A new or improved sprayer hasn't been in my capital purchase plans; I'm counting on my old pull type to get me through another season. However, the thought of possibly applying fungicides or insecticides and late-season applications in tall crops has me wondering if I should move a sprayer purchase up on my list.
The threat of soybean rust has spurred the sprayer industry to a spirited gait. Farmers and commercial applicators have been capitalizing to meet acreage increases and tighter scheduling by purchasing equipment that promises more speed, greater efficiency and new conveniences.
The sprayer business began to change when farmers started buying self-propelled units. Commercial applicators used to be the primary focus for manufacturers. Now the size of operations and the repeated trips necessary to apply fungicides means that every Tom, Dick and Harry can build a self-propelled sprayer for farmers.
Pull-type sprayers of the past (though they worked behind any tractor and didn't require the horsepower and setup of the hydrostatic rigs) did not feature the larger pumps or hydraulic folding booms. The ruggedness of the machine left a little to be desired.
Keeping the booms in one piece required frequent repair. As one farmer lamented, "Our old sprayer was the reason we bought a wire welder.” Pull-type sprayers didn't fulfill the need for speed, either, and they didn't have the appeal of bigger sprayers.
The good news is that today, pull-type sprayers offer most of the features you'll find on self-propelled units. Large volume capacity, hydraulic booms, multiple nozzle ports, electronic swath control via GIS/GPS, adjustable tread widths, rugged construction, large tire radius and common controllers are all available.
The separation of power and tool and the overall clearance are the main differences. The tractor can be equipped with auto-steer and auto-guidance much the same as the single-purpose unit.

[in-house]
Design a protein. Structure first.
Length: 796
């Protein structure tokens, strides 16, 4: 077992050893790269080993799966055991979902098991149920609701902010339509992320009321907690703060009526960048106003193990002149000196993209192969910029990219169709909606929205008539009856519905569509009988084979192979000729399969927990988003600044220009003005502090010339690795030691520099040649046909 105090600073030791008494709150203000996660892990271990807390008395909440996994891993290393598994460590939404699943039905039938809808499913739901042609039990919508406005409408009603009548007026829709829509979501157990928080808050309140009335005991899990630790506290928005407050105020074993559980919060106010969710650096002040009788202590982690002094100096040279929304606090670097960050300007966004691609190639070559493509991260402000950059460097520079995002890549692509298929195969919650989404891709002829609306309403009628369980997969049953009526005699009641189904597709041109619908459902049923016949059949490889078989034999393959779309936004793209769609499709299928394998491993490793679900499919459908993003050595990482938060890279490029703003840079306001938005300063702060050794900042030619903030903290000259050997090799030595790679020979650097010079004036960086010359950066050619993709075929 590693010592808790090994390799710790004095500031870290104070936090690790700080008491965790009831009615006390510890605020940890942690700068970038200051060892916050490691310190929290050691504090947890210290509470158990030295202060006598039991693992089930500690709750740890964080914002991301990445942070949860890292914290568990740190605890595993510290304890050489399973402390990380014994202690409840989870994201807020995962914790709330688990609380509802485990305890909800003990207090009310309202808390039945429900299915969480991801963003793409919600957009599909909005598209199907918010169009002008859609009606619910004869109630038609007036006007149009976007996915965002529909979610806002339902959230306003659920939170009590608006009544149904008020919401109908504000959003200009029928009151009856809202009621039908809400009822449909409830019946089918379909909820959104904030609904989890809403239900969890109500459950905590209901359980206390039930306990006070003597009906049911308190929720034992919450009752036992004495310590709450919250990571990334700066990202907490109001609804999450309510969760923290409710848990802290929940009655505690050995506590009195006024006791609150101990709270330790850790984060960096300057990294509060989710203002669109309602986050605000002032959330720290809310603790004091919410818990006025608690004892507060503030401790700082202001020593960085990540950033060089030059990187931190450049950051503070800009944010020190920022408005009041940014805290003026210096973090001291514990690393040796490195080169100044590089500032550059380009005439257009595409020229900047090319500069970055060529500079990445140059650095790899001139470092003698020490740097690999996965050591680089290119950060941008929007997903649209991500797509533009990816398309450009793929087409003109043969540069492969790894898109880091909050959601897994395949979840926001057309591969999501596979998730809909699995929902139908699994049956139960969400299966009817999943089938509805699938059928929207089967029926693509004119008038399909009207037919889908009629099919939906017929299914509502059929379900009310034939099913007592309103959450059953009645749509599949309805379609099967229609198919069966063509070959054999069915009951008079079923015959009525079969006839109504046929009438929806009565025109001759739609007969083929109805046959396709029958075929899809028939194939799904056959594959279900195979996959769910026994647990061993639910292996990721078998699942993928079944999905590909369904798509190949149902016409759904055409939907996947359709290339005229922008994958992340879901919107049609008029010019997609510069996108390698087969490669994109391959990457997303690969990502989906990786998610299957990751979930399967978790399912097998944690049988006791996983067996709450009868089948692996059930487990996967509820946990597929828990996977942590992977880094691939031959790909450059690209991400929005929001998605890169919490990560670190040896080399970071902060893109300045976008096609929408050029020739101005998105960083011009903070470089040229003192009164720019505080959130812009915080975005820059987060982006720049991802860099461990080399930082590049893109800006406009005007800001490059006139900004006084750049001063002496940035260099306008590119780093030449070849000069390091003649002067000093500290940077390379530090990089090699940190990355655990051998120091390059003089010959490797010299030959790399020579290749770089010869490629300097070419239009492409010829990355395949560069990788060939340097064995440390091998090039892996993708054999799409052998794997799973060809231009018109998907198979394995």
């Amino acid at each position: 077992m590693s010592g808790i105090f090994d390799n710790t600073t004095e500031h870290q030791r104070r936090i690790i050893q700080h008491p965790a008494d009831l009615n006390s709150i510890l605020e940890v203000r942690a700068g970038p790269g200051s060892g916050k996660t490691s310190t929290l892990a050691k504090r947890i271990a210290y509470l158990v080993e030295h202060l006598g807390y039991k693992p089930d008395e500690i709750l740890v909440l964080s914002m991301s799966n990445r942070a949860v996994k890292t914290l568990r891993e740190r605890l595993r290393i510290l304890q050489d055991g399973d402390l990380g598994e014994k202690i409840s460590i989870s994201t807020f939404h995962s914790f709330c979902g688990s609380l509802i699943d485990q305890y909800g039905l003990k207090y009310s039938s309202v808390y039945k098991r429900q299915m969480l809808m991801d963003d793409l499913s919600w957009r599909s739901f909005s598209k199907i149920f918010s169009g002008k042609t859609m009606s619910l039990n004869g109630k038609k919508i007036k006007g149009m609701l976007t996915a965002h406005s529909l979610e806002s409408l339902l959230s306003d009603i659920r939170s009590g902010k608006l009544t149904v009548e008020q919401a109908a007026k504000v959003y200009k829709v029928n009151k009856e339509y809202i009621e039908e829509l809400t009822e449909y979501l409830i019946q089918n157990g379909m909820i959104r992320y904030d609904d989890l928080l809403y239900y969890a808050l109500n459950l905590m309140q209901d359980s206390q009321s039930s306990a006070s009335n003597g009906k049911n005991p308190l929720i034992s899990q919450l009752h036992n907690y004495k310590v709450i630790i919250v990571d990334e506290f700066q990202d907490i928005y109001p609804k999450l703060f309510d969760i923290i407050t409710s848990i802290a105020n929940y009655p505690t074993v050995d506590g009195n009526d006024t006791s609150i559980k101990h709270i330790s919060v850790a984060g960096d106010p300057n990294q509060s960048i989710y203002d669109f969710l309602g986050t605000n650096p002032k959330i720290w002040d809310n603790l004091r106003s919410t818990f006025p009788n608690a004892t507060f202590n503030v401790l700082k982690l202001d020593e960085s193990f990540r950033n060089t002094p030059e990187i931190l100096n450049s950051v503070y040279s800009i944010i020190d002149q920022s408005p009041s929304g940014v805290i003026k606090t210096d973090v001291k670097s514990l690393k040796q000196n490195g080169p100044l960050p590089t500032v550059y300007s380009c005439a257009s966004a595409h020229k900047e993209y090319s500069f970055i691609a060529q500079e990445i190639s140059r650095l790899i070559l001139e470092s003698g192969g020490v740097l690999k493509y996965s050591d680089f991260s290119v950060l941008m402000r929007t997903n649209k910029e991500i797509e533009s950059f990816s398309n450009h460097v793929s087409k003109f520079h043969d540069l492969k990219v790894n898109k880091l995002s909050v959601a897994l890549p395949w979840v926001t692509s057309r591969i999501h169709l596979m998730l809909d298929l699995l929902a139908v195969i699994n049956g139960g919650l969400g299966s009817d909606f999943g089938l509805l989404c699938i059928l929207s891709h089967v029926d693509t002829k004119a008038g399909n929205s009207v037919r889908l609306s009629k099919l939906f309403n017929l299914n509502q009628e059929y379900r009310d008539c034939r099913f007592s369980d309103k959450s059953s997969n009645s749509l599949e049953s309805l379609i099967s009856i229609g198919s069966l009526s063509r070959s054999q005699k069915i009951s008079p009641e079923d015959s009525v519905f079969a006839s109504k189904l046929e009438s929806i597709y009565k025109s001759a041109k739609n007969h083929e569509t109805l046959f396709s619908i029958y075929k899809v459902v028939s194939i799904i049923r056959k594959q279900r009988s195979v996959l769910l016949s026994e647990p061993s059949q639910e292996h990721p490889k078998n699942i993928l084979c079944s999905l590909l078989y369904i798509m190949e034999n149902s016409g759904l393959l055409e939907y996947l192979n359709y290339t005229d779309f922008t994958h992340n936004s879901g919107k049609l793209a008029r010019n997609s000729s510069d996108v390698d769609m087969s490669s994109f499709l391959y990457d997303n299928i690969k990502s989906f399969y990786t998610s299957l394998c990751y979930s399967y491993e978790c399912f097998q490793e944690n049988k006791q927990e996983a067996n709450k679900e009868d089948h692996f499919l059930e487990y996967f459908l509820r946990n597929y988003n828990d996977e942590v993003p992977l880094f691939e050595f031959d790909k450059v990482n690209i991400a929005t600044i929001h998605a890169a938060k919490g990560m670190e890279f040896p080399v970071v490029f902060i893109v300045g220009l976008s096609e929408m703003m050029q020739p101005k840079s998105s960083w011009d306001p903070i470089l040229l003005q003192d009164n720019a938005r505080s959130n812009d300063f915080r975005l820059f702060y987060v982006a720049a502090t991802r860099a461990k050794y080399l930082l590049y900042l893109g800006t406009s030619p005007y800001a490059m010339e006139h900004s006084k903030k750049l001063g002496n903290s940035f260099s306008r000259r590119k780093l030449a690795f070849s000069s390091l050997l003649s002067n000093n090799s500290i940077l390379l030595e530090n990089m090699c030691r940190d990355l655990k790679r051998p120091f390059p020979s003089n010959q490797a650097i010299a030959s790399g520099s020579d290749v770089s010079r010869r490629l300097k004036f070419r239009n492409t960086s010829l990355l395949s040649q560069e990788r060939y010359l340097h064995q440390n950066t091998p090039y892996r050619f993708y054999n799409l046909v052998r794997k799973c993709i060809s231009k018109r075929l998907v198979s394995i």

The single-purpose unit is a strong positive for many operations. The efficiency, or perception thereof, and the convenience factor associated with a ready-to-go machine has sold many sprayers. A former sprayer dealer relates the change in attitude this way: "The guy told me he couldn't afford the $20,000 pull-type sprayer I was trying to sell him. The next week I go by and he has an $80,000 self propelled sitting in the barn lot.”
Return on investment. Many operators will agree with this former dealer when he says, "A sprayer will pay for itself quicker than any other piece of equipment on the farm.” The owner replaces the custom applicator charges for the privileges of ownership. He now takes care of maintenance, operating expenses, operator licensing, tendering duties and liability costs.
Use the ready-made spreadsheet (OwnSprayer.xls) by Kansas State University, which can be found in the decision-making tools section at www. agmanager.info/farmmgt/machinery, to determine your bottom line.
The used market is short in duration because of so many additional new models and product changes. But the table at left will show that the most recent equipment has held value quite well. It may not be possible to use these depreciation or appreciation figures in future years, but the bull run has made the investment even sweeter the last few years.
Doc Cottingham farms full-time near Pine Village, Ind., and writes this column for Farm Journal. To offer feedback or pose questions, e-mail him at firstname.lastname@example.org.
- December 2009